Long Term Report - March 20, 2007
Long Term test locations and conditions
During the long term test period I took the Red Ledge Covert Fleece
Vest out on two overnight backpacks and a few day hikes throughout the Bay
Area. The first overnight was a snow camping trip in Lassen National
Forest. The first day of the trip was incredibly warm and sunny for a snow
trip, with sunny blue skies and the temperature hovering around 60 F (16
C). Overnight a cold front moved through and the second day was overcast
and chillier, around 40 F (4 C). The second overnight backpack was along
the California coast at Point Reyes National Seashore. The temperature was
approximately 70 F (21C) during the day, dropping to the mid 40s F (7
C) at night.
The day hikes were at a local Open Spaces during typical winter weather
- cloudy and in the mid 50s (13 C).
Long Term performance
Although I am disappointed in the pathetic showing that winter has
given us in the mountains of California this year, the conditions that I
have had to work with have been ideal for this fleece vest. On both
overnight backpacks I took during the Long Term Test period, the Red Ledge
Covert Fleece Vest was worn all the time - during the day as an outer
layer and during the evening as an inner layer.
When arriving at the trailhead in Lassen National park I was wearing
the vest over a lightweight long sleeved wool top. While spending time
chatting and packing up at the trailhead I was very comfortable in this
configuration as the morning temperature slowly rose to around 60 F (16
C). When we got moving I warmed up significantly, but the main source of
warmth was the intense sun on the black wool top. I chose not to remove
the vest since it would just expose more of the dark wool to the hot sun.
The snowshoe hike was short and although I was sweaty, I didn't feel
overheated by the time I reached camp an hour later. When arriving in
camp, I dropped my pack and immediately felt the light cool breeze on my
soaking back. Since the sun was so warm I kept the vest on and let it dry
as I set up camp and chatted with the friends I was meeting there. I did
not closely pay attention to how long it took the vest to dry, but I do
know that it happened quick enough that I was dry by the time I started
sitting around the cooler shaded kitchen area, approximately half an hour
after arriving in camp. I was dry and comfortable in the vest and light
wool top until the late afternoon temperatures started to drop. When the
day began to cool off I was able to easily throw a fitted light fleece
jacket comfortably over the vest.
I removed the vest for sleeping, but it was put back on as a middle
layer first thing in the morning. When snowshoeing out that day the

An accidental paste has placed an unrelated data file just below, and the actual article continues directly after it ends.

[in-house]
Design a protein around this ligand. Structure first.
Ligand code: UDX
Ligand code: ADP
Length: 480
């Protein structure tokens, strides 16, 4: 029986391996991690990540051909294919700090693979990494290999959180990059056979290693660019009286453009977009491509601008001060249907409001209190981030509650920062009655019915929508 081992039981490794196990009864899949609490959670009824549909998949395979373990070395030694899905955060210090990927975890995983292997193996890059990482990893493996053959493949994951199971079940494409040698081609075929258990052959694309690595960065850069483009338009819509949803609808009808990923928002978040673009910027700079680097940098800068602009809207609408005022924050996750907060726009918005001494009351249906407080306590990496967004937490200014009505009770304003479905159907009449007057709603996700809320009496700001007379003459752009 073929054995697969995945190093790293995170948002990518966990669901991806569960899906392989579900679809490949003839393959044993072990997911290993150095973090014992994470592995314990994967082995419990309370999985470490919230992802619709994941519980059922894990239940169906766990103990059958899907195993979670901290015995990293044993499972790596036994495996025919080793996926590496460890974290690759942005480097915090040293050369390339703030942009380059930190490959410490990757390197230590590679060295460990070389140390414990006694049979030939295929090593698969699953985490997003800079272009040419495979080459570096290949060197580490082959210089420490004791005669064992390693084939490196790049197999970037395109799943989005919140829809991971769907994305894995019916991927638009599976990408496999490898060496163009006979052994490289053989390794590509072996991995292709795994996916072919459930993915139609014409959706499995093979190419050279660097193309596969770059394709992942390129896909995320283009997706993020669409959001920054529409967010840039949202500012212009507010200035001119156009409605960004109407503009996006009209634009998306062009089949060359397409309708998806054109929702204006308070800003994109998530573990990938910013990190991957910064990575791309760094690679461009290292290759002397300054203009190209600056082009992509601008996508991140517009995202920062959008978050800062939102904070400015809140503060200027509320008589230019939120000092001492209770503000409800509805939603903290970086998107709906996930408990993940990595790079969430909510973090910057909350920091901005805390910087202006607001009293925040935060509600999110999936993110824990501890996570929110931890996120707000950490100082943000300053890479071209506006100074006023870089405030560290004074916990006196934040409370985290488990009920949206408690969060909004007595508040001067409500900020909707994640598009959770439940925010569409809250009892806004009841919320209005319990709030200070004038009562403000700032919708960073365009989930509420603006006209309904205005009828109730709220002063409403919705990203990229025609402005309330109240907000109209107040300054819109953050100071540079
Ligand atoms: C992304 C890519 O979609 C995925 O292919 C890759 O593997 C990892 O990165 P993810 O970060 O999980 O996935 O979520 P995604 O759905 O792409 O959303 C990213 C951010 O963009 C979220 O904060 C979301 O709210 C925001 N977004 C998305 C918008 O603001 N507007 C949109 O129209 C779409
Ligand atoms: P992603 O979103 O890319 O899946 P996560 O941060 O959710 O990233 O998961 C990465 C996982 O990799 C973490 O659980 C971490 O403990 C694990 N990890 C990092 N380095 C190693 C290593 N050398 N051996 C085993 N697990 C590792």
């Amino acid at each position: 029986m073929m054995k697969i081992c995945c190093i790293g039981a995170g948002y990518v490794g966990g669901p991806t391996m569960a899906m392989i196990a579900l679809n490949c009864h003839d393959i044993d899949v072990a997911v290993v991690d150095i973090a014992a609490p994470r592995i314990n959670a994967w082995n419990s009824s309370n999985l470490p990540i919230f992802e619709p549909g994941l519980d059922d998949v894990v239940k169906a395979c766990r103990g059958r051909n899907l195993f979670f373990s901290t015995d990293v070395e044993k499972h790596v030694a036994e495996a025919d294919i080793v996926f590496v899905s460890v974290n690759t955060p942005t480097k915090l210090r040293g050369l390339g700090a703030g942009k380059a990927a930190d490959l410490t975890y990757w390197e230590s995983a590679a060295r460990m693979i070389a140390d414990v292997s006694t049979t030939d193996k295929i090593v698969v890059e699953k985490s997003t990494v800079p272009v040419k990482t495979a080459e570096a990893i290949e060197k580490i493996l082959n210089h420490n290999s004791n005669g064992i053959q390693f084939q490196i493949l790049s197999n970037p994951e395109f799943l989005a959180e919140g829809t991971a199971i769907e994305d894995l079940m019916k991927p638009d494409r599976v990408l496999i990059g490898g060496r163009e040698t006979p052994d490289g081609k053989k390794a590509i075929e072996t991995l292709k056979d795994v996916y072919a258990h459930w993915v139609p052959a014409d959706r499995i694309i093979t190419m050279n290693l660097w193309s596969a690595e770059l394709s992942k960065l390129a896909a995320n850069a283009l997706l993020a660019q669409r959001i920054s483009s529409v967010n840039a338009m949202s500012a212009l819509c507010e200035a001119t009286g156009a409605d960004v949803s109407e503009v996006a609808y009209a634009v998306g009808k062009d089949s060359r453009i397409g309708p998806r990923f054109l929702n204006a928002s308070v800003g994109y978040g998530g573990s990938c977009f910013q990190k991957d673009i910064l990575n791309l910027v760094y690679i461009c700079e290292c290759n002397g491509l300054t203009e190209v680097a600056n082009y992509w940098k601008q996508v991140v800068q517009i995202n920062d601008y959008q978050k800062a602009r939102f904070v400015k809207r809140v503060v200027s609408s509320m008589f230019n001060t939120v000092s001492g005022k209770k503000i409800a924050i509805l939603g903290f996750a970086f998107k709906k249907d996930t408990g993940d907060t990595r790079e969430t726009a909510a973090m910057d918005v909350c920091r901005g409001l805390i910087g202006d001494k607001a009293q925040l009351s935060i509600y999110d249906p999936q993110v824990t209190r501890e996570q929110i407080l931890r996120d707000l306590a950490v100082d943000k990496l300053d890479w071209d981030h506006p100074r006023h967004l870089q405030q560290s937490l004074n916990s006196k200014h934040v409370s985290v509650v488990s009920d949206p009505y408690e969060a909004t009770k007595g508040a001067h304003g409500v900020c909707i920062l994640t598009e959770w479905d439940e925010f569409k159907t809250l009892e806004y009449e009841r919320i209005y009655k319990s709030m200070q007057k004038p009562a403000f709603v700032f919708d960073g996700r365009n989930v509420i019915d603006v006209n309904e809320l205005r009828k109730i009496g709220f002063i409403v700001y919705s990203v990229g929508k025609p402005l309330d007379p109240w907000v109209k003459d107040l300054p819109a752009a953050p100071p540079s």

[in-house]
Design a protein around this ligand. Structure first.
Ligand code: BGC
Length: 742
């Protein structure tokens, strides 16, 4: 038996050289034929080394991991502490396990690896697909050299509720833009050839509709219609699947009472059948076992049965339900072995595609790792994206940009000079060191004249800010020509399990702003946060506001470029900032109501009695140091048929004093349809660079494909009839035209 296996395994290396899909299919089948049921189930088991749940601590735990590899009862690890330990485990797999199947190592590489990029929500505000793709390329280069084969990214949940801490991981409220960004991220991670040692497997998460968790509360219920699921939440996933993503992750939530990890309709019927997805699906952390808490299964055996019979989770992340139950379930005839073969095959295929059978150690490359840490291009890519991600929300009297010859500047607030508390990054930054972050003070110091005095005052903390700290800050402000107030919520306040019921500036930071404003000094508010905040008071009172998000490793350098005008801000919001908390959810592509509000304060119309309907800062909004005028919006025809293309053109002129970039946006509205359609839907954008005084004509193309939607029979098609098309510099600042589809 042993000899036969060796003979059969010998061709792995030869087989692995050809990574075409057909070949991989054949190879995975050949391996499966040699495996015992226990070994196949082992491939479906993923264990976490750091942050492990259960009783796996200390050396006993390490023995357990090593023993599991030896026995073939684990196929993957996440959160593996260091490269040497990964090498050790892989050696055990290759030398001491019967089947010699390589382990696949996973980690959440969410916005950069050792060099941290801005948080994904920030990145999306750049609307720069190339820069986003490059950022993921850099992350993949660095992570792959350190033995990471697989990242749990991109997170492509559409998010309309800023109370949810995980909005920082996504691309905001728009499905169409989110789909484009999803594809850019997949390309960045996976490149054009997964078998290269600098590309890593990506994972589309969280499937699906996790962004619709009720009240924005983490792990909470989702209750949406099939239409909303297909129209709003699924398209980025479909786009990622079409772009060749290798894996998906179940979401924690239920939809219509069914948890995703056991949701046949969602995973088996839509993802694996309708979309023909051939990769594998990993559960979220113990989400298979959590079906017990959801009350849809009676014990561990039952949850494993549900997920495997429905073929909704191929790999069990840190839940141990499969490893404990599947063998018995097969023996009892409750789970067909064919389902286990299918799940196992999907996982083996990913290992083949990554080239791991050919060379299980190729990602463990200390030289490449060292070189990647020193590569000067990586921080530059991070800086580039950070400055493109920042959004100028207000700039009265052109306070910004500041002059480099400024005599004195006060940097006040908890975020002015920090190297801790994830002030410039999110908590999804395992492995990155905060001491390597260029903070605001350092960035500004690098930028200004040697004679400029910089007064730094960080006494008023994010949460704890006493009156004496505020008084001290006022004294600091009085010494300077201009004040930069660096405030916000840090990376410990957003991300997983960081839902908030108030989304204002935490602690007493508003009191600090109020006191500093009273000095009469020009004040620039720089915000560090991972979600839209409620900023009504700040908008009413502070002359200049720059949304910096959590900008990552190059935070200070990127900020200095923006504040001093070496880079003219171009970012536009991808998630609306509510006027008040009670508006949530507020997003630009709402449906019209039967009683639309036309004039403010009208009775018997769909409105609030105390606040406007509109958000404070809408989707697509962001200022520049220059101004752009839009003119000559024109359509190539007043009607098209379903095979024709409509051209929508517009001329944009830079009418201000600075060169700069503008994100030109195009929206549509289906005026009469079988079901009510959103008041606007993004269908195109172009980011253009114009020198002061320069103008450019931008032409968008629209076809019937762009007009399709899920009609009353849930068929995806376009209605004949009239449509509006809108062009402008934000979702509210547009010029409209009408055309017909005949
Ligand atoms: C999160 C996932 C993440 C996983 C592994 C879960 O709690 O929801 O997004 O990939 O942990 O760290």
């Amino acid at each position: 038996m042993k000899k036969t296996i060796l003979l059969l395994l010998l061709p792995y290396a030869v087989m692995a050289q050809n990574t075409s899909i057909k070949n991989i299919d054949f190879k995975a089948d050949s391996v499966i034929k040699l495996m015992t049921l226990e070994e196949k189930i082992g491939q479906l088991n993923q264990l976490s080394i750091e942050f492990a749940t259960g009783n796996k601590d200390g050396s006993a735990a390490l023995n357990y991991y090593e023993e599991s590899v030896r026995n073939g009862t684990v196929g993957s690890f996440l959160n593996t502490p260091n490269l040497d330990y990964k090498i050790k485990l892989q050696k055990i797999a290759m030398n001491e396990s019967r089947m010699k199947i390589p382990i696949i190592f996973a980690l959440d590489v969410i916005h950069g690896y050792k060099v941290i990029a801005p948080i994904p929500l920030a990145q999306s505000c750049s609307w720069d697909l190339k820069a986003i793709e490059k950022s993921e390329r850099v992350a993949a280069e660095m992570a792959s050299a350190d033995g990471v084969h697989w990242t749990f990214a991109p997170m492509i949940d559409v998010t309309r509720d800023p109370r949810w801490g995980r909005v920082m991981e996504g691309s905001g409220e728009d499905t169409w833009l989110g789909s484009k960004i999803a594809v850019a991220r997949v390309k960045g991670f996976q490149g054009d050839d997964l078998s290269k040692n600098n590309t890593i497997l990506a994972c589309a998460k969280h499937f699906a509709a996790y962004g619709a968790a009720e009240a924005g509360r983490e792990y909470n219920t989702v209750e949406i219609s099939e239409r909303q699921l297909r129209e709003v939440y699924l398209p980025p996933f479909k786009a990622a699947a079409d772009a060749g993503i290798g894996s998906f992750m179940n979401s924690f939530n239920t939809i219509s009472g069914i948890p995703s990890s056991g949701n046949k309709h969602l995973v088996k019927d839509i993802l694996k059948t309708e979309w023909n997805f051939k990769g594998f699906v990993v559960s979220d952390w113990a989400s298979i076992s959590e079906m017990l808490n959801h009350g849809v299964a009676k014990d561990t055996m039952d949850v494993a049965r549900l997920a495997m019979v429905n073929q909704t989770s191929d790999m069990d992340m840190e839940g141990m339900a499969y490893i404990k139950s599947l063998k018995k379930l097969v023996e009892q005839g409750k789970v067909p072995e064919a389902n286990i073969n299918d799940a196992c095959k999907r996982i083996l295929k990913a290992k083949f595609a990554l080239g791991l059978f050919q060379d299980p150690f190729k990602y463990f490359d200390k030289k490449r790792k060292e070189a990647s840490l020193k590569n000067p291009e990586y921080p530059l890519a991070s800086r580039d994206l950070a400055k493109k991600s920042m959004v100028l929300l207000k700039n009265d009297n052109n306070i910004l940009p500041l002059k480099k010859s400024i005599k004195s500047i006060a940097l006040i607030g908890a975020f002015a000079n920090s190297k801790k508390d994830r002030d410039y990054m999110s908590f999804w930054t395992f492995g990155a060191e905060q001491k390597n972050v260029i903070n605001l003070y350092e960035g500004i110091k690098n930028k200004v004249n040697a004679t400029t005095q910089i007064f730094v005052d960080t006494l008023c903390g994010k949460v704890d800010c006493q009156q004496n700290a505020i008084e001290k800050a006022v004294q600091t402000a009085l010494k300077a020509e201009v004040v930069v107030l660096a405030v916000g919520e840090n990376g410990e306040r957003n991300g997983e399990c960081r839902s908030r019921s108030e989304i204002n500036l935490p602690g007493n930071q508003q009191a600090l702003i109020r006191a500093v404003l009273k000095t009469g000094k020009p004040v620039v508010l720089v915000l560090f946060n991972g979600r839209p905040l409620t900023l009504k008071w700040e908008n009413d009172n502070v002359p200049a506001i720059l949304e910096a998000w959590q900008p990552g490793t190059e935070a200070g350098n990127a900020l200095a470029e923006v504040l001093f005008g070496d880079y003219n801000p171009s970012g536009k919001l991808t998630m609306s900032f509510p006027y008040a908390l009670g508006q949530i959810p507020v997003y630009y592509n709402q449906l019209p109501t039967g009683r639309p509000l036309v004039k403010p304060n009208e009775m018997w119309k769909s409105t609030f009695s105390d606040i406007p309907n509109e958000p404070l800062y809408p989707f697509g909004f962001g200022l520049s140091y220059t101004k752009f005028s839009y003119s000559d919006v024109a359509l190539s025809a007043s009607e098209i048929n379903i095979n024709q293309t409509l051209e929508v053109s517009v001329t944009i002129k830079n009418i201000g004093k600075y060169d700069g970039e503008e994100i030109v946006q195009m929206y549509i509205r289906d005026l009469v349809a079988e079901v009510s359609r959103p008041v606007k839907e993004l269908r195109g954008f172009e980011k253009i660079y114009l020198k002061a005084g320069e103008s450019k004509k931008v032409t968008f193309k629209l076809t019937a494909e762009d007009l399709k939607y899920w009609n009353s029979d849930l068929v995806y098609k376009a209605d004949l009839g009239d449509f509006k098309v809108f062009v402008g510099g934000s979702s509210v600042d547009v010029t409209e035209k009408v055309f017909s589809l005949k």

weather was cloudy and cooler than the previous day, and I found that the
black base layer with the fleece vest was a perfectly comfortable
Due to the light winter, the snow was nowhere near its typical depth
and we were able to dig out a fire ring and gather dry wood on this trip,
so we sat around a campfire for several hours that night. Upon returning
home and unpacking, I noticed that the vest seemed to have picked up the
campfire scent much stronger than the other clothes I was wearing
(including other fleece). I washed the vest with my other synthetic
clothing and let it air dry. I still could pick up a mild smoky campfire
scent, but it faded over the next few days.
Throughout the winter months I have worn the Covert Fleece Vest on a
few day hikes in my local Open Spaces and County Parks. I have found that
the vest, paired with a long sleeved base layer, provides a perfect amount
of insulation for me in the average Bay Area winter conditions - cloudy
and in the mid 50s F. In each case I was very comfortable in this
configuration - it kept me warm while taking brief stops, but wasn't too
much to overheat me when climbing up a hill.
The last opportunity for me to wear the Covert Fleece Vest came on an
overnight backpack at Point Reyes National Seashore. Upon arriving at the
coastal park it was sunny but there was still a morning chill in the air.
The vest provided the perfect insulation over my lightweight long-sleeved
base layer as I waited for my hiking partners and picked up the permit.
Our hike was a short mile and a half to camp (2.4 km), but uphill most of
the way. By the time we started hiking the morning chill had disappeared
and it was a beautiful spring day in the mid 60s (18 C). I already had my
pack on and was feeling lazy so I left the vest on even though I knew it
was too warm for it. We climbed the mile and a half to camp and I built up
a minor sweat. I was never uncomfortable, however. The vest was off as
soon as we reached camp, but later that night it provided excellent
insulation as the coastal chill hit the air.
During the four months of use the Vest was washed approximately six
times. It was air dried in each case. The fleece is still in good shape
and does not show an 'old fleece' pilled look, although the fleece is
obviously not new. The vibrant green color has only dulled very slightly.
The seams are still perfectly intact and the zippers still move cleanly.
There are some holes and snags in the flap of material that covers the
cinch for the neck. I never used or needed this cinch, so I do not know
how this damage got there (see photo to the left). There is a bit of
darker stain from sweat and skin oils around the neck that did not come
off in the wash.
Unfortunately, the stiff and tall collar that I described in my field
report did not get softer with time or multiple washings. It is still a
bit bothersome, but not enough to be distracting. I also found that I got
sick of the bright green rather quickly. It isn't the muted green that I
expected from the website, and the bright lime green clashes with nearly
every piece of outdoor clothing I own. It isn't that I care if I match in
the backcountry, but when I look at my photos it hurts the eyes!
Most of all, the Red Ledge Covert Fleece Vest is a very comfortable
vest both for active use and in-camp layering. The material is quite
breathable and I was able to move comfortably in it while hiking, running,
and snowshoeing, including wearing a pack. It is in better condition than
I would expect a fleece vest to be in after four months of use with
regular washings. It fits well into my layering system given its fitted
cut. I have enjoyed testing this vest and look forward to using it
in the future.